The python is a center-steered lowracer with 2x26" wheels, front wheel drive and rear suspension.

The ancestor of the python is the "airbike", another center-steered recumbent I have been riding since 1996 - and still enjoy to ride. Once you have learnt the steering principle, the bike can easily be handled without using your hands, therefore handlebars can be omitted.

However, any average mortal person can learn how to ride such a bike, it's just a matter of determination and patience, to different degrees. The latter usually is counted in days or weeks. After having gained full control over the machine (we are talking of months now), the ride on center-steered bikes is said to have a kind of metaphysical quality which more than rewards the candidate for all the pain and suffering he has gone through on his way towards perfection.

I took part in some races with the airbike and felt that I should have a faster bike. I decided to build a lowracer, but of course it had to be center-steered as well. The construction should be as simple as possible and the parts taken from normal MTBs. Homebuilding a lowracer for absolute beginners.

I began the CAD constructions in winter 2002/03 and in the same time built a prestudy bike, which I called "flairbike". The rear suspension and the seat construction of the flairbike work pretty well but I was not satisfied with the front part. Additionally the flairbike was not low enough for my purpose. The breakthrough was the idea of using a normal bottom bracket for the steering pivot. Thus the pivot has enough stability and the front part can be straight. As a bonus, the whole bike can be splitted in the middle simply by loosening the crank arms.

I started the building in february 2003 and the first roll out was only 2 weeks later, although I had to learn the MAG welding from zero. I did not spend more than 10 Euro for the material. And amazingly the bike looked pretty good. When thinking of the long and straight frame of this new kind of bike, it reminded me of some kind of huge snake. So the name "python" was chosen.

Some people asked me if the python is steerable at all because of its negative trail. In general, bikes with NT are not stable, especially at high velocities or when applying the front brake. But the steering geometry of the python is different, because the construction behaves like a "hanging pendulum". This means that the drivers weight forces the front part into a centered position, thus stabilizing the system.

Meanwhile I spent more than 2500 km on the python and I really love this bike. I use it daily for commuting, recreation and even in urban traffic. And still have many plans with it ...

Bent but not Broken --- Jürgen, June 2003

Now more than a half year has passed since the first roll-out. The mileage reaches the 5000 km mark and most of the python´s childhood diseases have been cured. I get a lot of encouragement and regards from people all over the planet, which is a great honour to me. In fact, I really think that I am into something here. Some have started to build their own version and to support them, I established a mailing list for home builders.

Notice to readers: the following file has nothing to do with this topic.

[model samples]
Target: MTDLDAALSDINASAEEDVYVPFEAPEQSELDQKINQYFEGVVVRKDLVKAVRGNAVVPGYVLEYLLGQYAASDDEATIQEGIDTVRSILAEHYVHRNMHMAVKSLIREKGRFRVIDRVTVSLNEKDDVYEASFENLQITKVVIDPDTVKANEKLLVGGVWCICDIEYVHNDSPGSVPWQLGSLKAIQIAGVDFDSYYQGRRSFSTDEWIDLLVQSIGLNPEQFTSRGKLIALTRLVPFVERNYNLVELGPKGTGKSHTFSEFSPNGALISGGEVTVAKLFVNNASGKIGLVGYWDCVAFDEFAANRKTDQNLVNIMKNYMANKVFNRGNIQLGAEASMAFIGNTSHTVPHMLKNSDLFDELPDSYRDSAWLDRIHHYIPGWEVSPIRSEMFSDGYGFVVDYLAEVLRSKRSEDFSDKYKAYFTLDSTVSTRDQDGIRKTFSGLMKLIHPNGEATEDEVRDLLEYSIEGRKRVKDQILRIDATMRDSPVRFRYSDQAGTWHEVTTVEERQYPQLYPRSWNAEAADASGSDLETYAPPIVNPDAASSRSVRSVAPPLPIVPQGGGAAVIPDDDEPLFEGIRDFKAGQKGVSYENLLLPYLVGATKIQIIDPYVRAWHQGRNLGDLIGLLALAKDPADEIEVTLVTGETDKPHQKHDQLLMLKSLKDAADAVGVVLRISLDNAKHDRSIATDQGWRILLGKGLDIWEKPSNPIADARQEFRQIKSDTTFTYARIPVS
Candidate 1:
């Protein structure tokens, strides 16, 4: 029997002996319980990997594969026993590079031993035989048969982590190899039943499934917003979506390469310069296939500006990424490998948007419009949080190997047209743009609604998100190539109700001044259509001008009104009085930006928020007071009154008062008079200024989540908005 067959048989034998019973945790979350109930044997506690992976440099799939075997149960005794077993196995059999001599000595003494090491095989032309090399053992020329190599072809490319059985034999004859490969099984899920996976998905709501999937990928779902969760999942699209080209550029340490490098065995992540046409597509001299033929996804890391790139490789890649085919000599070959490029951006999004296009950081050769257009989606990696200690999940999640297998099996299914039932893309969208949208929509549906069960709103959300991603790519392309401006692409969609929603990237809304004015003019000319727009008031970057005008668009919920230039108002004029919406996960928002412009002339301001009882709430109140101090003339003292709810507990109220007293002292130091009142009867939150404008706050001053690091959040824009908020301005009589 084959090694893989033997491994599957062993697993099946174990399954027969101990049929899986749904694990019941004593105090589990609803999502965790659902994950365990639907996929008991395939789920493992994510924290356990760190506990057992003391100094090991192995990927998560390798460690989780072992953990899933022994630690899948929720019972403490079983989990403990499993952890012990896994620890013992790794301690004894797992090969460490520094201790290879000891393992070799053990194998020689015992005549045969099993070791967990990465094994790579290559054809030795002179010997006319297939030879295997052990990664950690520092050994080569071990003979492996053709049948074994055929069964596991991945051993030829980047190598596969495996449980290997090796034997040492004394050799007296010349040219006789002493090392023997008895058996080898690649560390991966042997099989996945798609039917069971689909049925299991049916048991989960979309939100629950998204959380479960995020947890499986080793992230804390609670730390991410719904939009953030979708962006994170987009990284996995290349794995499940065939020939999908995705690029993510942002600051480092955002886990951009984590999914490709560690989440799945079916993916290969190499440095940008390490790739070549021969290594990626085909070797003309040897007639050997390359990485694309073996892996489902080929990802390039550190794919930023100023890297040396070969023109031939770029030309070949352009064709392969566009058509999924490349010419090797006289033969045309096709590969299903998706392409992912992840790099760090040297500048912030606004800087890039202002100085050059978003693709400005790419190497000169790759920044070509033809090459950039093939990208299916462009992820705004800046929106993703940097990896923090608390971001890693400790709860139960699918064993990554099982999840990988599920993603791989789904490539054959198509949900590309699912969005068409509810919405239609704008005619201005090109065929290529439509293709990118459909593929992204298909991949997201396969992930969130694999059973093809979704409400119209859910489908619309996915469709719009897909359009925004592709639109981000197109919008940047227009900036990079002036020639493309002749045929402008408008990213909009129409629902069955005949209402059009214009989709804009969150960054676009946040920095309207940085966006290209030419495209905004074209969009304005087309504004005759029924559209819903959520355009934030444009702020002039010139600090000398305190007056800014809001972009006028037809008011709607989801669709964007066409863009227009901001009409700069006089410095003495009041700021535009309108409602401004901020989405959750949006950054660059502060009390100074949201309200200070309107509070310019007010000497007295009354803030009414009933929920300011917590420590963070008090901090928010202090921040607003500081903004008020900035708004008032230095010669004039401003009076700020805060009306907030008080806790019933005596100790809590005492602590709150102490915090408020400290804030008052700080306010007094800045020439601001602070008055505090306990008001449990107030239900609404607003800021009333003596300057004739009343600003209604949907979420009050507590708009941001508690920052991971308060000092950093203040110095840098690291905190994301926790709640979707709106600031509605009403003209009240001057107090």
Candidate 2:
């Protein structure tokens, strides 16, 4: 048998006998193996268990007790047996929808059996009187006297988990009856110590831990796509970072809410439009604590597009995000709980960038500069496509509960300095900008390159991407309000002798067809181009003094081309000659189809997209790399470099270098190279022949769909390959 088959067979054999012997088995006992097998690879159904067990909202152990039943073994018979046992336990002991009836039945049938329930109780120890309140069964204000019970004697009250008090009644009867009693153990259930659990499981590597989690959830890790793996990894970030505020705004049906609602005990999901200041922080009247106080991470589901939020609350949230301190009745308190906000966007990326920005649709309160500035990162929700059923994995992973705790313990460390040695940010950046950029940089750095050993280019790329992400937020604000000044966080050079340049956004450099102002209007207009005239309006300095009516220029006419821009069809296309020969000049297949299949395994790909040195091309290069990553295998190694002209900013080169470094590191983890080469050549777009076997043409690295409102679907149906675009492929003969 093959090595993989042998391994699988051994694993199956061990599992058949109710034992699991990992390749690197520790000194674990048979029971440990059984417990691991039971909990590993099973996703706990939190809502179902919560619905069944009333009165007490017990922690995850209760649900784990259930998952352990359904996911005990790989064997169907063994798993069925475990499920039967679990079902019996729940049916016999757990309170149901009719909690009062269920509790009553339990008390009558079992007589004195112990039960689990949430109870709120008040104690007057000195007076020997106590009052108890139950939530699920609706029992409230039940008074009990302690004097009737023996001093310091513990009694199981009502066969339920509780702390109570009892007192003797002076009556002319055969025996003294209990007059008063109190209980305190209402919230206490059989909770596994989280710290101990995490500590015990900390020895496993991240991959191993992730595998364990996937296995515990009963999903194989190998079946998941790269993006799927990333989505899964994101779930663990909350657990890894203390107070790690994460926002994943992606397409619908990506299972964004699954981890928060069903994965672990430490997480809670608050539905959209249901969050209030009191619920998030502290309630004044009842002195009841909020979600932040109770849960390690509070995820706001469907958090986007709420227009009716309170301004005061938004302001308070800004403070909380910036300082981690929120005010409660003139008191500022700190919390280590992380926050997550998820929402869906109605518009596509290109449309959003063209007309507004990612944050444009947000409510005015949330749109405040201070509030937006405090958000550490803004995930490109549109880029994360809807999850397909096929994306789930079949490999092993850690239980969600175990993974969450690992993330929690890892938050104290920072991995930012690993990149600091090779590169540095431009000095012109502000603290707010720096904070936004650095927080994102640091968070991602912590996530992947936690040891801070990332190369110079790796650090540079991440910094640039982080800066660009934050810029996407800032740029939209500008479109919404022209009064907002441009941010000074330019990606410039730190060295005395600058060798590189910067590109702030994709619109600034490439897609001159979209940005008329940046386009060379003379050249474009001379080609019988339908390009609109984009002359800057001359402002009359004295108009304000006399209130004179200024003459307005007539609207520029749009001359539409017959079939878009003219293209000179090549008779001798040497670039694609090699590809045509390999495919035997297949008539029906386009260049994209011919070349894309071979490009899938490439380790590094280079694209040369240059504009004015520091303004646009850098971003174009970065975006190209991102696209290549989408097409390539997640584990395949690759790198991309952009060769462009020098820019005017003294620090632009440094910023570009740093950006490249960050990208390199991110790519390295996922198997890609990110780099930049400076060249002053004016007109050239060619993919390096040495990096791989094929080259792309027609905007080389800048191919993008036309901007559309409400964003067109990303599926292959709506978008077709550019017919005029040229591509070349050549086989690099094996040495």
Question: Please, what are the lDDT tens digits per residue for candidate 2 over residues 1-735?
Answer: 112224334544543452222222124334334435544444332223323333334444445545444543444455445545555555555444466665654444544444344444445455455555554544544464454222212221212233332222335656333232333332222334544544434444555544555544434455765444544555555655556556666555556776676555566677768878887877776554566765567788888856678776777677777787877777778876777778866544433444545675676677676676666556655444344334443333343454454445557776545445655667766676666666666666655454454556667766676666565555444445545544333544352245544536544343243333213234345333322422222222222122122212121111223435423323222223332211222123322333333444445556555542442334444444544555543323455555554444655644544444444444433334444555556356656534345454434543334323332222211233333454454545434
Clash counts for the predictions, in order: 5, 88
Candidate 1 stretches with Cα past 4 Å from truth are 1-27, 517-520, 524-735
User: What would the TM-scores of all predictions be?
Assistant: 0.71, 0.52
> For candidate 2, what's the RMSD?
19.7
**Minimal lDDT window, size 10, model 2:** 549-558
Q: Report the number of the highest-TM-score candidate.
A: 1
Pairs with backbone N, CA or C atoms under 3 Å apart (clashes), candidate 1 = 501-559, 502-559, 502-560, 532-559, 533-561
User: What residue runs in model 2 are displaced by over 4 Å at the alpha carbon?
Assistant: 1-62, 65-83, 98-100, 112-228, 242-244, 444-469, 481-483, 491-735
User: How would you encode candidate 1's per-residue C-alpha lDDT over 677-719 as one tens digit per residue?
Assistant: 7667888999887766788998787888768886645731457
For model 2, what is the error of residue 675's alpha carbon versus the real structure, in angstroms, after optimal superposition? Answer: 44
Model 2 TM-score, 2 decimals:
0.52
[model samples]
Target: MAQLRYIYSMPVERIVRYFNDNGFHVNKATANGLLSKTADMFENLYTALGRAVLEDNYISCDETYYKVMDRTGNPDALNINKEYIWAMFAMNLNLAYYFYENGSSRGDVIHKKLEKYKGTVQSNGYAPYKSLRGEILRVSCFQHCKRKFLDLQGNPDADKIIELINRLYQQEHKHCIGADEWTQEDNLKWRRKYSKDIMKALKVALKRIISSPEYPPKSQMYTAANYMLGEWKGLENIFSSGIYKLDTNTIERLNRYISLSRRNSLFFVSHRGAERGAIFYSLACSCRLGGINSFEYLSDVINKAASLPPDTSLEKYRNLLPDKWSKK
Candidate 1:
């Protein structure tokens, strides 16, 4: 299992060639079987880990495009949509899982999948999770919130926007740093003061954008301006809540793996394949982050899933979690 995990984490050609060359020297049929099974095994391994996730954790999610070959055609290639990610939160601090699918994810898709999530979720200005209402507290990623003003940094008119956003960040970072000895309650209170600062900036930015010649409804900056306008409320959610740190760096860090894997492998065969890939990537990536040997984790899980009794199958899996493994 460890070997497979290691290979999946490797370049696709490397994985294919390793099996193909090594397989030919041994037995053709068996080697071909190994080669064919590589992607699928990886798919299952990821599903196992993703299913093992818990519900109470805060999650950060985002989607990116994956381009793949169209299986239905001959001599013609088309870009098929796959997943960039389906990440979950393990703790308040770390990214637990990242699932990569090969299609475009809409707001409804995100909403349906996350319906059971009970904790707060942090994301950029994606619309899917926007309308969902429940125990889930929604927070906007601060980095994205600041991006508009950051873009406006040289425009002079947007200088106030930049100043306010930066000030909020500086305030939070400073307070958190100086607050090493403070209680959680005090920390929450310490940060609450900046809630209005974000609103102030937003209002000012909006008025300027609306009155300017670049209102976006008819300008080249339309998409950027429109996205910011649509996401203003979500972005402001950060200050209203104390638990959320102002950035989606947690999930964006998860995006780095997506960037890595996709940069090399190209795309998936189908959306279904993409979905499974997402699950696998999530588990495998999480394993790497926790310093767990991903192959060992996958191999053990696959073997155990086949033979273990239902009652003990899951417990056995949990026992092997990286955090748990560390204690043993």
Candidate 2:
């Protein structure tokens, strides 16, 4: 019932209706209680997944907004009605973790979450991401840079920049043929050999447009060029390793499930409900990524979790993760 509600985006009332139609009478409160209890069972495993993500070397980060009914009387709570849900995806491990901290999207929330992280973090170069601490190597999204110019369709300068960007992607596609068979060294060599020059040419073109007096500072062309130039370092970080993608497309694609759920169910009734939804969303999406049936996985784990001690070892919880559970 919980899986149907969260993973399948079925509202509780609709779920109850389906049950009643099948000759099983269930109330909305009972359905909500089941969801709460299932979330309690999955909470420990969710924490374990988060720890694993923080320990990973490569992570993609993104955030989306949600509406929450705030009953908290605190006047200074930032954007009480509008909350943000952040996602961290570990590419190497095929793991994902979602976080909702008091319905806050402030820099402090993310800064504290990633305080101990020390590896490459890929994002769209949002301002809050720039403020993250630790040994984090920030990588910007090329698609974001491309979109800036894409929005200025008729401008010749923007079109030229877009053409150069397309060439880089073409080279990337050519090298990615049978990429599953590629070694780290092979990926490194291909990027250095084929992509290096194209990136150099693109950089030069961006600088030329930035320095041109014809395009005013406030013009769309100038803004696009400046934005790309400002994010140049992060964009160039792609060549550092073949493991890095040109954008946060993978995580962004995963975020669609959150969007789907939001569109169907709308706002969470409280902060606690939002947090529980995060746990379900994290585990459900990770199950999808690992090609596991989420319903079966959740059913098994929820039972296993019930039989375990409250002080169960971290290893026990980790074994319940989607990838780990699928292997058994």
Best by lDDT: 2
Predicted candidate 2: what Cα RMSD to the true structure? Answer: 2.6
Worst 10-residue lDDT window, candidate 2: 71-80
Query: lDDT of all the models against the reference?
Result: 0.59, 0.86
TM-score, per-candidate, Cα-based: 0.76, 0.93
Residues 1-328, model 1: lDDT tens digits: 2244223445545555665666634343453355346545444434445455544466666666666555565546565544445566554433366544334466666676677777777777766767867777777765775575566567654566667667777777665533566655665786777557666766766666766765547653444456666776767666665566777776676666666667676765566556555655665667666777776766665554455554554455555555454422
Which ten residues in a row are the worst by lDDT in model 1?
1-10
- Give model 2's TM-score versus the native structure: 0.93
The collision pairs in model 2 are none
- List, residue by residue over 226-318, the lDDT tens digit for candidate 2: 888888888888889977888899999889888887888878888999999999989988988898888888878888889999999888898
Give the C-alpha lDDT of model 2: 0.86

After removing the steering damper, the turning cycle is acceptable for me now (6 m). The bike runs smoothly in all situations and always stays controllable. Lately I reached 70 km/h downhill without feeling too unsafe [Remark: considering my later experiences I really doubt this value. 50 km/h seems more realistic to me. (Jürgen, August 2005)]. In offroad terrain the bike is easier to handle than any other recumbent I know.

The weight of the python P1 is 20.2 kg, fully equipped, which is too much. Initially I had planned to stay below 15 kg. A lot of weight can be saved with better components and thinner tubing. Another disadvantage is the small ground clearance of 7 cm. One solution would be the use of taper roller bearings for the steering pivot instead of the bottom bracket. Or leave the BB as it is and bend the lower crank upward.

Jürgen, October 2003

One year has passed since the roll-out of the first prototype. Last week, the second one had its maiden trip. The design has changed a bit in the middle part of the frame. By bending the lower crank upward the lowracer gains a lot of ground clearance, which is a big advantage, especially off-road. The rest of the bike has proofed to be good during 6000 km of daily usage. The pictures and reports of my own python experiences have convinced a lot of people to start their own building. I have started to abandon my airbike and insert its good components into my next python. Also I have plans to build a streamlined carbon fibre version of the python during this summer. Let´s see, how the story continues.